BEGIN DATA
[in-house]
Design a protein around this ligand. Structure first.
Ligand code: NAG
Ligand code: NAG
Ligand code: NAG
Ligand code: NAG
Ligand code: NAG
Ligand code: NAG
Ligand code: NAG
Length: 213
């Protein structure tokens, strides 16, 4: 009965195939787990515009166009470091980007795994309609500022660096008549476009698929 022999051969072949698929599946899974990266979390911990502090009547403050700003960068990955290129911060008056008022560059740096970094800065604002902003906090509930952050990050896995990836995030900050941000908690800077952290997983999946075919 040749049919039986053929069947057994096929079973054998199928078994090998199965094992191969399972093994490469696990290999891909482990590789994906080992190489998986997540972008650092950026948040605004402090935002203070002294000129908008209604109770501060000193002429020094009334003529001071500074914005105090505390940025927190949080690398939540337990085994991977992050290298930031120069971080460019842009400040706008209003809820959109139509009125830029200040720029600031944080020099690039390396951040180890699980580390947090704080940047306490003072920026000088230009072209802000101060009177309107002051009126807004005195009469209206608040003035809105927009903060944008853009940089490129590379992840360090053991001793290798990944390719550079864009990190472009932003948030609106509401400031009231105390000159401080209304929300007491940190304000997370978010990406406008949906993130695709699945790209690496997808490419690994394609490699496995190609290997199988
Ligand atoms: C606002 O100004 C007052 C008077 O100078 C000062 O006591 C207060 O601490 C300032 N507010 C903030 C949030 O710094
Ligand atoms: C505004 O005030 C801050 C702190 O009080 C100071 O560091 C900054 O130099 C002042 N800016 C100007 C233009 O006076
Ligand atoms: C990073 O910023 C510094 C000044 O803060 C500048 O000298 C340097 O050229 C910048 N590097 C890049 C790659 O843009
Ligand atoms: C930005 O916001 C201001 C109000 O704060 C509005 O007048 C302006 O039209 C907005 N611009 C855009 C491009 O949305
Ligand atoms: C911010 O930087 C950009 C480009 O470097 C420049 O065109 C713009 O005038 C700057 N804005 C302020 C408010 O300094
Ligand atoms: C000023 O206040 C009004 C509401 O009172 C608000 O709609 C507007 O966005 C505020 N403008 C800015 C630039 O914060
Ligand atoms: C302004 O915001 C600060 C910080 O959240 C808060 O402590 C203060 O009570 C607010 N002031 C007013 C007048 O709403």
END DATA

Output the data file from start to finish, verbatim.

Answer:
[in-house]
Design a protein around this ligand. Structure first.
Ligand code: NAG
Ligand code: NAG
Ligand code: NAG
Ligand code: NAG
Ligand code: NAG
Ligand code: NAG
Ligand code: NAG
Length: 213
């Protein structure tokens, strides 16, 4: 009965195939787990515009166009470091980007795994309609500022660096008549476009698929 022999051969072949698929599946899974990266979390911990502090009547403050700003960068990955290129911060008056008022560059740096970094800065604002902003906090509930952050990050896995990836995030900050941000908690800077952290997983999946075919 040749049919039986053929069947057994096929079973054998199928078994090998199965094992191969399972093994490469696990290999891909482990590789994906080992190489998986997540972008650092950026948040605004402090935002203070002294000129908008209604109770501060000193002429020094009334003529001071500074914005105090505390940025927190949080690398939540337990085994991977992050290298930031120069971080460019842009400040706008209003809820959109139509009125830029200040720029600031944080020099690039390396951040180890699980580390947090704080940047306490003072920026000088230009072209802000101060009177309107002051009126807004005195009469209206608040003035809105927009903060944008853009940089490129590379992840360090053991001793290798990944390719550079864009990190472009932003948030609106509401400031009231105390000159401080209304929300007491940190304000997370978010990406406008949906993130695709699945790209690496997808490419690994394609490699496995190609290997199988
Ligand atoms: C606002 O100004 C007052 C008077 O100078 C000062 O006591 C207060 O601490 C300032 N507010 C903030 C949030 O710094
Ligand atoms: C505004 O005030 C801050 C702190 O009080 C100071 O560091 C900054 O130099 C002042 N800016 C100007 C233009 O006076
Ligand atoms: C990073 O910023 C510094 C000044 O803060 C500048 O000298 C340097 O050229 C910048 N590097 C890049 C790659 O843009
Ligand atoms: C930005 O916001 C201001 C109000 O704060 C509005 O007048 C302006 O039209 C907005 N611009 C855009 C491009 O949305
Ligand atoms: C911010 O930087 C950009 C480009 O470097 C420049 O065109 C713009 O005038 C700057 N804005 C302020 C408010 O300094
Ligand atoms: C000023 O206040 C009004 C509401 O009172 C608000 O709609 C507007 O966005 C505020 N403008 C800015 C630039 O914060
Ligand atoms: C302004 O915001 C600060 C910080 O959240 C808060 O402590 C203060 O009570 C607010 N002031 C007013 C007048 O709403």